Knowledge base

Wrestling with the Unknown

Since the advance of modern science and the industrial revolution humans have declared to be lords of nature, refusing to adopt our primal condition as being part of nature instead. This flawed dichotomy is currently surfacing at the global eyes during the coronavirus pandemic, as our faces are getting ruthlessly slapped in the presence of the unknown. The masses worldwide are being forcefully invited to come in contact with own vulnerabilities and frailties as ever before, revolving around deep fears and a sense of helplessness. Despite all the modern technology and the acquired legacy of knowledge, humanity is clumsily battling against an invisible entity while nature keeps on thriving and flourishing all around effortlessly. On the social context, strict measures have been put in place, encaging billions of people in their homes in a record time. In this perspective, moral discourse, religious preaching or any other attempt to sustain an ethical conduct could virtually become obsolete should people just empathise with the turmoils of living in captivity and the embodied experience of a widespread alike suffering humans have egoistically been inflicting on every other living form. To proclaim evolutionary achievement as a supposedly justification for a deliberate anthropocentric overwhelming atrocities may turn out as an outrageous discourse, an expression derived from sheer cosmic arrogance to be realised in our fleshes and hearts.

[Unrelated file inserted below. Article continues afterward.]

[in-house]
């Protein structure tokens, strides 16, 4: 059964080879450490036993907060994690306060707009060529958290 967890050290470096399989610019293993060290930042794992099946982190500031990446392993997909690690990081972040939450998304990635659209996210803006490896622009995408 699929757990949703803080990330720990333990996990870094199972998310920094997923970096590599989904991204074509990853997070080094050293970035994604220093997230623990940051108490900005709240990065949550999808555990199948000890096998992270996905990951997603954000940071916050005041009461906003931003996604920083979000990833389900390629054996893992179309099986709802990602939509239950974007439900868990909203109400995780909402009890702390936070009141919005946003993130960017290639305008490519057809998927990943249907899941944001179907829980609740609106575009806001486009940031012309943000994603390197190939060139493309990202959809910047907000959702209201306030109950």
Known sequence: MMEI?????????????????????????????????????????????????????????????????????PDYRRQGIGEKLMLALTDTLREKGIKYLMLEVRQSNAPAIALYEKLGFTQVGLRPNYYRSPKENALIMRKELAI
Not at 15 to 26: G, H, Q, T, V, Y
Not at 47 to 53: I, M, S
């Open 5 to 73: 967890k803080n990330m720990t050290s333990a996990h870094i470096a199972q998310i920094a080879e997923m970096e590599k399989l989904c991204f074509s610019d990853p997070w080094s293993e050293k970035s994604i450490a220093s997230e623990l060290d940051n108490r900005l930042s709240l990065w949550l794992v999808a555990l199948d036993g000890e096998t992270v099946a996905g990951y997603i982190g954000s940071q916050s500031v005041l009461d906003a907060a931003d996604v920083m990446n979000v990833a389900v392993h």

How far down into the rabbit hole we will need to dig in order to awake an awareness that beckons to us external pain as of our own? How much psychological, social and emotional dysfunctionalities and distress humans ought to endure in order to reevaluate our habitual patterns and narratives? Nature has recently posed an irresistible invitation to savour our own venom, ironically triggered by the spreading presence of mere virus, considered by the biological ethos not even living creatures when outside a host. Mankind is facing not only critical challenges on the health and economic realms, we are potentially dealing with a way deeper level of crisis, rarely brought into the global awareness as one single event that is affecting all corners of the world boundlessly. We are negotiating an existential checkmate, a threat on the god-like forged human status. It might feel disgraceful at first to admit and embrace the powerlessness conceptually architected and masqueraded by the power of thinking abstractly, particularly by the materialistic scientism perceptive. Such dynamics, though, don't need to be doom and gloom all the way. Many people are given the chance, on the other hand, to spend precious time in solitude, time for self-reflection rarely to be found, had the global pandemic measures not been set in place.